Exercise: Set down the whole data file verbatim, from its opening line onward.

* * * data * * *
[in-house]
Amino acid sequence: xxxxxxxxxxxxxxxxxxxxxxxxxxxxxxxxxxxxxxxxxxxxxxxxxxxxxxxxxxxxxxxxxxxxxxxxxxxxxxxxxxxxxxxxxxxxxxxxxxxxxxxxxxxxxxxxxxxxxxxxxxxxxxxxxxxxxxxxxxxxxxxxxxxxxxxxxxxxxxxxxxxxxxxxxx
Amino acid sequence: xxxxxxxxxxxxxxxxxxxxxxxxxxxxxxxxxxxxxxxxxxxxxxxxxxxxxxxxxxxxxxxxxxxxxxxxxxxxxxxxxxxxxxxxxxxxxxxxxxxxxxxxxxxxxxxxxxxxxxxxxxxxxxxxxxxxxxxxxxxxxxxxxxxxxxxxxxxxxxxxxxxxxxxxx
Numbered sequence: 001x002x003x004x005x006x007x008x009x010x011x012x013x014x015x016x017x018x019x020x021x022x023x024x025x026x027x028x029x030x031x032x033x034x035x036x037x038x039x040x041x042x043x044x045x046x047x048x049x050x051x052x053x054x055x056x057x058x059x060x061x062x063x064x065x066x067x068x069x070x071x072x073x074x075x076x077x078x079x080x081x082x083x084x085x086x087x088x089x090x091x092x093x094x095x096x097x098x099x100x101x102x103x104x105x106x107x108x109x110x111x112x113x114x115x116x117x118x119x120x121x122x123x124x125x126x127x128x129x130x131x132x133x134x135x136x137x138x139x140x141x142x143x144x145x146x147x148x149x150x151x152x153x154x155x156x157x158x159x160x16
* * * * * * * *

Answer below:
[in-house]
Amino acid sequence: xxxxxxxxxxxxxxxxxxxxxxxxxxxxxxxxxxxxxxxxxxxxxxxxxxxxxxxxxxxxxxxxxxxxxxxxxxxxxxxxxxxxxxxxxxxxxxxxxxxxxxxxxxxxxxxxxxxxxxxxxxxxxxxxxxxxxxxxxxxxxxxxxxxxxxxxxxxxxxxxxxxxxxxxxx
Amino acid sequence: xxxxxxxxxxxxxxxxxxxxxxxxxxxxxxxxxxxxxxxxxxxxxxxxxxxxxxxxxxxxxxxxxxxxxxxxxxxxxxxxxxxxxxxxxxxxxxxxxxxxxxxxxxxxxxxxxxxxxxxxxxxxxxxxxxxxxxxxxxxxxxxxxxxxxxxxxxxxxxxxxxxxxxxxx
Numbered sequence: 001x002x003x004x005x006x007x008x009x010x011x012x013x014x015x016x017x018x019x020x021x022x023x024x025x026x027x028x029x030x031x032x033x034x035x036x037x038x039x040x041x042x043x044x045x046x047x048x049x050x051x052x053x054x055x056x057x058x059x060x061x062x063x064x065x066x067x068x069x070x071x072x073x074x075x076x077x078x079x080x081x082x083x084x085x086x087x088x089x090x091x092x093x094x095x096x097x098x099x100x101x102x103x104x105x106x107x108x109x110x111x112x113x114x115x116x117x118x119x120x121x122x123x124x125x126x127x128x129x130x131x132x133x134x135x136x137x138x139x140x141x142x143x144x145x146x147x148x149x150x151x152x153x154x155x156x157x158x159x160x16